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Bill That Retools Boards And Commissions Advances

A bill that would immediately fire members of some of the most important state boards and commissions has advanced in the state Senate. Senate Bill 10 would sack members of the Utilities, Environmental Management, Industrial, and Wildlife Resources Commissions, among others. Democrats call it a blatant power grab, but Republicans say it will streamline state government.

The bill made it to the Senate floor yesterday afternoon, just one day after it was presented in a committee. Its sponsor, Senator Bill Rabon, told colleagues that by eliminating some state boards and modifying others, the measure will benefit North Carolina.

"What we're doing here in following the promises that many of us ran on- to make government more efficient, to downsize it to save money and carry out our role as legislators."

In a committee meeting on Tuesday, Rabon said the bill would allow boards and commissions to be run by newcomers who would be willing to carry out the philosophy of the new Republican-led administration. By wiping the slate clean of members who are currently serving, Governor Pat McCrory and legislative leaders would have the opportunity to hand-pick those slots. That has caused great outcry among Democrats, including Senator Josh Stein.

"You all propose to eliminate the commissioners whose job and expertise it is to serve the people of our state whether it's the people in the form of a rate payer, consumer of electricity, whether it's a citizen who wants to have a beautiful environment, lovely coast, or an injured worker at the industrial commission.

Stein says governors and lawmakers certainly have the power to appoint whomever they choose to state boards. But it shouldn't be done all at once.

"To wholesale eliminate dozens of people with all their expertise and knowledge is just bad policy. You all in this bill agree with that concept because throughout this bill all the new commissions have staggered terms."

Republican lawmakers don't dispute the idea that staggered terms on these commissions are useful. But they take umbrage with the assertion that firing members of key state commissions isn't right. Senator Jerry Tillman pointed out that previous governors have also made changes to state commissions to suit their needs, although on a much smaller scale.

"There's a new management team in town, voted on by the people, and they deserve the right to put in their people. When the NFL hires a new coach for whatever team, they're going to put their people in. You don't want boards and commissions, making policy and rulemaking that may be at cross purposes with the management team- don't work."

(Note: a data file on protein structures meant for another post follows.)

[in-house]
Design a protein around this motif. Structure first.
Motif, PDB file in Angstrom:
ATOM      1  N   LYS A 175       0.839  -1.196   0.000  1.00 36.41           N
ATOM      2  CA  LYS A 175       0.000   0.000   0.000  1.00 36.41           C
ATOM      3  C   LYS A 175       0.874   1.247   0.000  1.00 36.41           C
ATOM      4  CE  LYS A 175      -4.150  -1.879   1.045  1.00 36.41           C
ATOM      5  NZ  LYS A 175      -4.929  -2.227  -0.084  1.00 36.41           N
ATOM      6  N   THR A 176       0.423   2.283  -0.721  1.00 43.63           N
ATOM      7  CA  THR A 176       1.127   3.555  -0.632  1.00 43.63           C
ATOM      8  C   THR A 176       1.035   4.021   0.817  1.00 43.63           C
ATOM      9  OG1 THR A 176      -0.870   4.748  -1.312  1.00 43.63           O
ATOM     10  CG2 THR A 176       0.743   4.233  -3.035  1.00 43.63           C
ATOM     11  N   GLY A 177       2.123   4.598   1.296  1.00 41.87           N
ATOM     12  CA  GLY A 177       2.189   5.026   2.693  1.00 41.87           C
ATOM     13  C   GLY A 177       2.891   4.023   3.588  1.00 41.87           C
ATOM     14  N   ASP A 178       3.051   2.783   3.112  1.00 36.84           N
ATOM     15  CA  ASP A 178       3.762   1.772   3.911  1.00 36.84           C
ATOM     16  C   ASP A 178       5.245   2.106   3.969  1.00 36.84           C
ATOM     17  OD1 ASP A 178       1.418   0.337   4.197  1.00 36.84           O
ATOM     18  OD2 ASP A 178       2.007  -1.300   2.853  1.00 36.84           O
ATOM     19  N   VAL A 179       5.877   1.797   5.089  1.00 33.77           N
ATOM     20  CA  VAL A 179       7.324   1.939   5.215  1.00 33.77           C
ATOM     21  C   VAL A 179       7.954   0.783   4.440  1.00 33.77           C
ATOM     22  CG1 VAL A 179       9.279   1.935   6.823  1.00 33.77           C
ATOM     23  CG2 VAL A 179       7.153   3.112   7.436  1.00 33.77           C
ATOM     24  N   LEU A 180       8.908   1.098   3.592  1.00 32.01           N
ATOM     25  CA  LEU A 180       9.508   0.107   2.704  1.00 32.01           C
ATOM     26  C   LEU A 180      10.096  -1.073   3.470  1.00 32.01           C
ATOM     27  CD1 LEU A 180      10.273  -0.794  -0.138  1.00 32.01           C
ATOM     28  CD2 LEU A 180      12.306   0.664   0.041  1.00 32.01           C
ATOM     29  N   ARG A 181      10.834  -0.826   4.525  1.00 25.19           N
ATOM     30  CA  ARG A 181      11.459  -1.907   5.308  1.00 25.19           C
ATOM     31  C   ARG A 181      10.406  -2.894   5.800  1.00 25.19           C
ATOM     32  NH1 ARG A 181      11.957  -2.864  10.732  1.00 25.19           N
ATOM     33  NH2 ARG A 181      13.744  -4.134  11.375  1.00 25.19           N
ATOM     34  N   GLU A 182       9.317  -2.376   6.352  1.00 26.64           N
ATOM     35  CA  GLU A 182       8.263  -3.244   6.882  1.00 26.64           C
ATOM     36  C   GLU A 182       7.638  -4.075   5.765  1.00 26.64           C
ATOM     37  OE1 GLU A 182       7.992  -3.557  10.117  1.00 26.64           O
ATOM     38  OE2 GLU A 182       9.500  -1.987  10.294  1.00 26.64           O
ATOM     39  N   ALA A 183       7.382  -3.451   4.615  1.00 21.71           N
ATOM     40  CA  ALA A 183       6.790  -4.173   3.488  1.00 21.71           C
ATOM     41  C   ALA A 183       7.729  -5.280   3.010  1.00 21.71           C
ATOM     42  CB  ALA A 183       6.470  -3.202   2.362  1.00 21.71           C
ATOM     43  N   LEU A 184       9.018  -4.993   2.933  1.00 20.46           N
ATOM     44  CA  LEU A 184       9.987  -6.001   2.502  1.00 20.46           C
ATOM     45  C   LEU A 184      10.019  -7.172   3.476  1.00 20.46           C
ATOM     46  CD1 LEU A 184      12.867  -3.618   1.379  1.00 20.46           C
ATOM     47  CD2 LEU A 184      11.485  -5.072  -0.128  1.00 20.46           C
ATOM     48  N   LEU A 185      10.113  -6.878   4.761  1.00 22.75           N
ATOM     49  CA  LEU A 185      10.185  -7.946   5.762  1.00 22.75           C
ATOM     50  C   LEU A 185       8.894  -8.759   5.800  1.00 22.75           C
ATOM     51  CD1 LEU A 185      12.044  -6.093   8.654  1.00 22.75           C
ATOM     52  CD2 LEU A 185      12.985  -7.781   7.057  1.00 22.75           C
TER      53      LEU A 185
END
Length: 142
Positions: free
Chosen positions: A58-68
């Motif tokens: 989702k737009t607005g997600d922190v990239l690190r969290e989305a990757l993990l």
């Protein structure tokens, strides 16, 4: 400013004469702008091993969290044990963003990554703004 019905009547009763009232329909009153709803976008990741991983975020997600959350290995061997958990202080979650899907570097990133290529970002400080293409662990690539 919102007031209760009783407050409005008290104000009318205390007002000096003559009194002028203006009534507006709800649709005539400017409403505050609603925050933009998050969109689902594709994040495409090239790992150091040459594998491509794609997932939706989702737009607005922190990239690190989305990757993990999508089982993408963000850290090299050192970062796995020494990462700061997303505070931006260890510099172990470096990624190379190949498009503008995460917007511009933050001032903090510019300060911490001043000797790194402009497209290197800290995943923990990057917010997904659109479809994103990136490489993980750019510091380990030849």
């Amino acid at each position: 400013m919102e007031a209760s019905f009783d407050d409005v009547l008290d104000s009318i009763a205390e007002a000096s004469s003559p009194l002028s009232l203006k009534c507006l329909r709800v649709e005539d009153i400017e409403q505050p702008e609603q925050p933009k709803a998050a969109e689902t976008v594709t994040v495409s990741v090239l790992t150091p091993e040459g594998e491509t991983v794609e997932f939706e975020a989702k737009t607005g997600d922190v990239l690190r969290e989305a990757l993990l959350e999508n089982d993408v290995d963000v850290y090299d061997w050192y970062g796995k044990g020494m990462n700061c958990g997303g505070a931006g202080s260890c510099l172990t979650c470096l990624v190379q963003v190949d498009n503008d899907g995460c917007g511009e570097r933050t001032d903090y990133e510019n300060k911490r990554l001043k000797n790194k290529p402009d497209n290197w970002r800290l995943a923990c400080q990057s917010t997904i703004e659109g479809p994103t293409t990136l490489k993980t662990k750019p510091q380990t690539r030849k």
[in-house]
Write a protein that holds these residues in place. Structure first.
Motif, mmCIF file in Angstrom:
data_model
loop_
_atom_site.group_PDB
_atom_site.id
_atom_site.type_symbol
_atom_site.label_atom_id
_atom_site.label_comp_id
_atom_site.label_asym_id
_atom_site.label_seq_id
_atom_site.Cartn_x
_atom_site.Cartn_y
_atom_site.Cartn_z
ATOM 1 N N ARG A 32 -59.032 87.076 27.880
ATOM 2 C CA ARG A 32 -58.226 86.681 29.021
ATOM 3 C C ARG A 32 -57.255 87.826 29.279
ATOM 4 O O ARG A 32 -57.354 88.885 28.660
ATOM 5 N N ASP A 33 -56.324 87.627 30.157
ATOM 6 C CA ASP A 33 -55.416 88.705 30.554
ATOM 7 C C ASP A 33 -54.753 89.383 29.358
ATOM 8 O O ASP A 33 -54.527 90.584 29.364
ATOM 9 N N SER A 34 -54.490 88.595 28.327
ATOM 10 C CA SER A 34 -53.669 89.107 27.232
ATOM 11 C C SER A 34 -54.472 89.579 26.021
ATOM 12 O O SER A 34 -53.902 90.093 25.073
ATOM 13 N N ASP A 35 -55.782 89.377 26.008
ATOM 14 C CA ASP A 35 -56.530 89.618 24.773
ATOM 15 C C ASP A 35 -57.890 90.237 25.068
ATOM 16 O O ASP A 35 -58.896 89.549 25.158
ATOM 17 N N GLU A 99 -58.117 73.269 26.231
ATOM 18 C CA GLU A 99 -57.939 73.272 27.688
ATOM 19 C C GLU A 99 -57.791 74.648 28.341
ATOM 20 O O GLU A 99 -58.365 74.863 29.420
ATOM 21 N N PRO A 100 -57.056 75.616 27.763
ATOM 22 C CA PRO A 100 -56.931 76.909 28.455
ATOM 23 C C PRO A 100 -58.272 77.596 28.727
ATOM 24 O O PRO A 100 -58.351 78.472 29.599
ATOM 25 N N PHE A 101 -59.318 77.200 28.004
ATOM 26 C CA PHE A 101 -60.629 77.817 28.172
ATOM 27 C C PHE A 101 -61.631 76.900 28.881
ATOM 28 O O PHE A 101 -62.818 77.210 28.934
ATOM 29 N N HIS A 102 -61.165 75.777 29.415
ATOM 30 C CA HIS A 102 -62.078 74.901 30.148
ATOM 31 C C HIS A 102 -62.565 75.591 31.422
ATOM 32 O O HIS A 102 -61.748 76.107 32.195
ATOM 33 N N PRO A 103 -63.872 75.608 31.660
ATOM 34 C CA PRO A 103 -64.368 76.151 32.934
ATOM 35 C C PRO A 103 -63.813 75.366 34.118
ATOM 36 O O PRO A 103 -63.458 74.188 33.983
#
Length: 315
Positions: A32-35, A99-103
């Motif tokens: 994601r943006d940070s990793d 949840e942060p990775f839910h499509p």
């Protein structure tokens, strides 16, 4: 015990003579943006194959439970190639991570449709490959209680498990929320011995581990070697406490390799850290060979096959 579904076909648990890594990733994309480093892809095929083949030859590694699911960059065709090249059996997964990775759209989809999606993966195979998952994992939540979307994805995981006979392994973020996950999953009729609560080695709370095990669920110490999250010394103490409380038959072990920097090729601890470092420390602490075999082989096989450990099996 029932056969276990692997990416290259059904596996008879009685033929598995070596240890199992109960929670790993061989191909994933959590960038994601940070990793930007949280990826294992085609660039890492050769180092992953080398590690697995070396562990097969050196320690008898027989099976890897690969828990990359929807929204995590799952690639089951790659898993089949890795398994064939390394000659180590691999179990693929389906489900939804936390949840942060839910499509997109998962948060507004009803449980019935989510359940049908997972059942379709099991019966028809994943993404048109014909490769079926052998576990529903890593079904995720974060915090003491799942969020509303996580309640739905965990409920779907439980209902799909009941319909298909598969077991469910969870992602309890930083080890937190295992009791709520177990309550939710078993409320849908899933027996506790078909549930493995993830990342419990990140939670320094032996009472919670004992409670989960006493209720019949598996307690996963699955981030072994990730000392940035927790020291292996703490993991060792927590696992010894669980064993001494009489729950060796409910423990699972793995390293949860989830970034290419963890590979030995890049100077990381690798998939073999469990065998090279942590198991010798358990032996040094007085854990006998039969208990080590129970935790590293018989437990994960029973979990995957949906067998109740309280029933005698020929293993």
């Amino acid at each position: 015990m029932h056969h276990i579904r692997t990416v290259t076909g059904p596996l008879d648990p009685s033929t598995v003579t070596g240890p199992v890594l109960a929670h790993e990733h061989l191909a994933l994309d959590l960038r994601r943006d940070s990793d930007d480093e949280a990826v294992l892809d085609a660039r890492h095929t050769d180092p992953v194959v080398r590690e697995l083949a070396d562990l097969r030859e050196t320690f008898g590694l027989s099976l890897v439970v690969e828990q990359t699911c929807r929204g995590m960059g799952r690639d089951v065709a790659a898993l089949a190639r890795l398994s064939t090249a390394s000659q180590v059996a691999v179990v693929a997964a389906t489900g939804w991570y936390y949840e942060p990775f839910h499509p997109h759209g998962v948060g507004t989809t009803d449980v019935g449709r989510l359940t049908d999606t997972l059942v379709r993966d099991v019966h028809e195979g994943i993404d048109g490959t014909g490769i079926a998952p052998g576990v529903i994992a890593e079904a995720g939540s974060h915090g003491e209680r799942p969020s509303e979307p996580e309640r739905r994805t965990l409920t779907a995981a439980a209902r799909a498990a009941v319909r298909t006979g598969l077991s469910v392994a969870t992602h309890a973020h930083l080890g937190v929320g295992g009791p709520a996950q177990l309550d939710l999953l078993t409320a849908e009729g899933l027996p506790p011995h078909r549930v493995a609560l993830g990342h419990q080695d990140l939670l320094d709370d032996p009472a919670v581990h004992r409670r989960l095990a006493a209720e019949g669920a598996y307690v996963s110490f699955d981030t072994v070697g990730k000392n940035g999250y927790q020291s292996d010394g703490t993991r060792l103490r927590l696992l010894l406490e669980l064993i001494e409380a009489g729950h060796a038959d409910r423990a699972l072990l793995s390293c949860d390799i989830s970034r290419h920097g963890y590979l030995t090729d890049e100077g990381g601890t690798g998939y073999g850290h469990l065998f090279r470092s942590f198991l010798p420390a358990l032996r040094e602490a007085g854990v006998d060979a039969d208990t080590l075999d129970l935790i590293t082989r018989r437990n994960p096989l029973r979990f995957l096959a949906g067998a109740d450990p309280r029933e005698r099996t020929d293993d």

But firing members of the state's most important commissions isn't all this bill seeks to accomplish. It would also allow the governor to choose the head of the state Board of Education- currently that person is voted in by members. And it would eliminate 12 Special Superior Court judge positions created years ago. Republican Senator Robert Rucho says there's a reason why he believes those judges should go.

"There are many of us in the Senate and General Assembly who believe that a Superior Court judge should not be appointed at large in that manner, but more importantly, ultimately, come from a Superior Court District like the rest of them do. And this is really the first step toward moving in that direction."

Those judges are currently appointed by the governor rather than elected. There was some question on the Senate floor yesterday whether or not it's constitutional for state lawmakers to remove positions that are made by appointment. One Republican, Senator Fletcher Hartsell had concerns about that. But others, including Republican Senator Tom Apodaca, urged colleagues to pass the bill and then let the courts work those problems out. The bill tentatively passed the Senate and is headed for a third reading later today.


Jessica Jones covers both the legislature in Raleigh and politics across the state. Before her current assignment, Jessica was given the responsibility to open up WUNC's first Greensboro Bureau at the Triad Stage in 2009. She's a seasoned public radio reporter who's covered everything from education to immigration, and she's a regular contributor to NPR's news programs. Jessica started her career in journalism in Egypt, where she freelanced for international print and radio outlets. After stints in Washington, D.C. with Voice of America and NPR, Jessica joined the staff of WUNC in 1999. She is a graduate of Yale University.
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